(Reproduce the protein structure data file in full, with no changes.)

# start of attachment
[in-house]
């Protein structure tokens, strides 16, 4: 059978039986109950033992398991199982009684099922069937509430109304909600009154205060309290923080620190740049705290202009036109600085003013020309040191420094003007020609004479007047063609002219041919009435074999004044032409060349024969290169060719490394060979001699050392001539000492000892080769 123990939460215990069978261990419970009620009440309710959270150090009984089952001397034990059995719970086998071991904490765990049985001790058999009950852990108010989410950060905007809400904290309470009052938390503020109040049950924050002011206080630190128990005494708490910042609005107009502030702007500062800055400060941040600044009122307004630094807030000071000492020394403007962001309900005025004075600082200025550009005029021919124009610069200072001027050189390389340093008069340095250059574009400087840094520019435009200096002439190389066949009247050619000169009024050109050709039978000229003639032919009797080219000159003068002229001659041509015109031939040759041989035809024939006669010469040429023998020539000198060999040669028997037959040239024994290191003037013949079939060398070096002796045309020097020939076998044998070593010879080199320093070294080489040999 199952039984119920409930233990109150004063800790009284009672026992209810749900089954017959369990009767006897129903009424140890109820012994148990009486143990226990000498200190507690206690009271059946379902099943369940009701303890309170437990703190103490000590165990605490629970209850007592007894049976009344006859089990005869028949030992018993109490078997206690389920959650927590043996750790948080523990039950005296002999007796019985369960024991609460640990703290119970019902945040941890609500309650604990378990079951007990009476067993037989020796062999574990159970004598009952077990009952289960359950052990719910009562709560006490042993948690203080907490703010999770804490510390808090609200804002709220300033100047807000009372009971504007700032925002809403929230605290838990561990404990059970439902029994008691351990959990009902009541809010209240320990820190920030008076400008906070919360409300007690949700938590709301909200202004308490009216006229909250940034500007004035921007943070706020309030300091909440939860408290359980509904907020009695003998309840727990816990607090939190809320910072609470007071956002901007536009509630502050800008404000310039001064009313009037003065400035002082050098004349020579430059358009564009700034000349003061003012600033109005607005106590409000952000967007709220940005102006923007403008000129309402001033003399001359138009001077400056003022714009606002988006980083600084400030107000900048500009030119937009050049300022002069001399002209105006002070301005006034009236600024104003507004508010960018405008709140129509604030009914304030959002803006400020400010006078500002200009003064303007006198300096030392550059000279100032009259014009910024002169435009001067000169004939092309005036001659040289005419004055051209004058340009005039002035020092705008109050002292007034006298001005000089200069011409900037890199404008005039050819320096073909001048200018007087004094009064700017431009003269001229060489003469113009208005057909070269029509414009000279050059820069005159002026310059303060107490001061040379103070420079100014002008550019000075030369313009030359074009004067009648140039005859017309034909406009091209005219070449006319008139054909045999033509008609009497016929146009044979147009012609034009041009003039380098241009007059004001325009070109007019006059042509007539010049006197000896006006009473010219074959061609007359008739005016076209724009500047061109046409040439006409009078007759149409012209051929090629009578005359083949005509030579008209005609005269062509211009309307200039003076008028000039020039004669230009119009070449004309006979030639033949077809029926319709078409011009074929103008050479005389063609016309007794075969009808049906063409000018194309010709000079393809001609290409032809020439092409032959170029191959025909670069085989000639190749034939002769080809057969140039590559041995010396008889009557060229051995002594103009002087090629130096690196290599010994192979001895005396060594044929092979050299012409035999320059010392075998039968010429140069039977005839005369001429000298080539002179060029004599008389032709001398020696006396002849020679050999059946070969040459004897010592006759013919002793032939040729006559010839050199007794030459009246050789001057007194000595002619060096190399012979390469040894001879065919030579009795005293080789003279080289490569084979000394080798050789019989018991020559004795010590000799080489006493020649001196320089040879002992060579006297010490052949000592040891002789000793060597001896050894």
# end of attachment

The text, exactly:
[in-house]
């Protein structure tokens, strides 16, 4: 059978039986109950033992398991199982009684099922069937509430109304909600009154205060309290923080620190740049705290202009036109600085003013020309040191420094003007020609004479007047063609002219041919009435074999004044032409060349024969290169060719490394060979001699050392001539000492000892080769 123990939460215990069978261990419970009620009440309710959270150090009984089952001397034990059995719970086998071991904490765990049985001790058999009950852990108010989410950060905007809400904290309470009052938390503020109040049950924050002011206080630190128990005494708490910042609005107009502030702007500062800055400060941040600044009122307004630094807030000071000492020394403007962001309900005025004075600082200025550009005029021919124009610069200072001027050189390389340093008069340095250059574009400087840094520019435009200096002439190389066949009247050619000169009024050109050709039978000229003639032919009797080219000159003068002229001659041509015109031939040759041989035809024939006669010469040429023998020539000198060999040669028997037959040239024994290191003037013949079939060398070096002796045309020097020939076998044998070593010879080199320093070294080489040999 199952039984119920409930233990109150004063800790009284009672026992209810749900089954017959369990009767006897129903009424140890109820012994148990009486143990226990000498200190507690206690009271059946379902099943369940009701303890309170437990703190103490000590165990605490629970209850007592007894049976009344006859089990005869028949030992018993109490078997206690389920959650927590043996750790948080523990039950005296002999007796019985369960024991609460640990703290119970019902945040941890609500309650604990378990079951007990009476067993037989020796062999574990159970004598009952077990009952289960359950052990719910009562709560006490042993948690203080907490703010999770804490510390808090609200804002709220300033100047807000009372009971504007700032925002809403929230605290838990561990404990059970439902029994008691351990959990009902009541809010209240320990820190920030008076400008906070919360409300007690949700938590709301909200202004308490009216006229909250940034500007004035921007943070706020309030300091909440939860408290359980509904907020009695003998309840727990816990607090939190809320910072609470007071956002901007536009509630502050800008404000310039001064009313009037003065400035002082050098004349020579430059358009564009700034000349003061003012600033109005607005106590409000952000967007709220940005102006923007403008000129309402001033003399001359138009001077400056003022714009606002988006980083600084400030107000900048500009030119937009050049300022002069001399002209105006002070301005006034009236600024104003507004508010960018405008709140129509604030009914304030959002803006400020400010006078500002200009003064303007006198300096030392550059000279100032009259014009910024002169435009001067000169004939092309005036001659040289005419004055051209004058340009005039002035020092705008109050002292007034006298001005000089200069011409900037890199404008005039050819320096073909001048200018007087004094009064700017431009003269001229060489003469113009208005057909070269029509414009000279050059820069005159002026310059303060107490001061040379103070420079100014002008550019000075030369313009030359074009004067009648140039005859017309034909406009091209005219070449006319008139054909045999033509008609009497016929146009044979147009012609034009041009003039380098241009007059004001325009070109007019006059042509007539010049006197000896006006009473010219074959061609007359008739005016076209724009500047061109046409040439006409009078007759149409012209051929090629009578005359083949005509030579008209005609005269062509211009309307200039003076008028000039020039004669230009119009070449004309006979030639033949077809029926319709078409011009074929103008050479005389063609016309007794075969009808049906063409000018194309010709000079393809001609290409032809020439092409032959170029191959025909670069085989000639190749034939002769080809057969140039590559041995010396008889009557060229051995002594103009002087090629130096690196290599010994192979001895005396060594044929092979050299012409035999320059010392075998039968010429140069039977005839005369001429000298080539002179060029004599008389032709001398020696006396002849020679050999059946070969040459004897010592006759013919002793032939040729006559010839050199007794030459009246050789001057007194000595002619060096190399012979390469040894001879065919030579009795005293080789003279080289490569084979000394080798050789019989018991020559004795010590000799080489006493020649001196320089040879002992060579006297010490052949000592040891002789000793060597001896050894």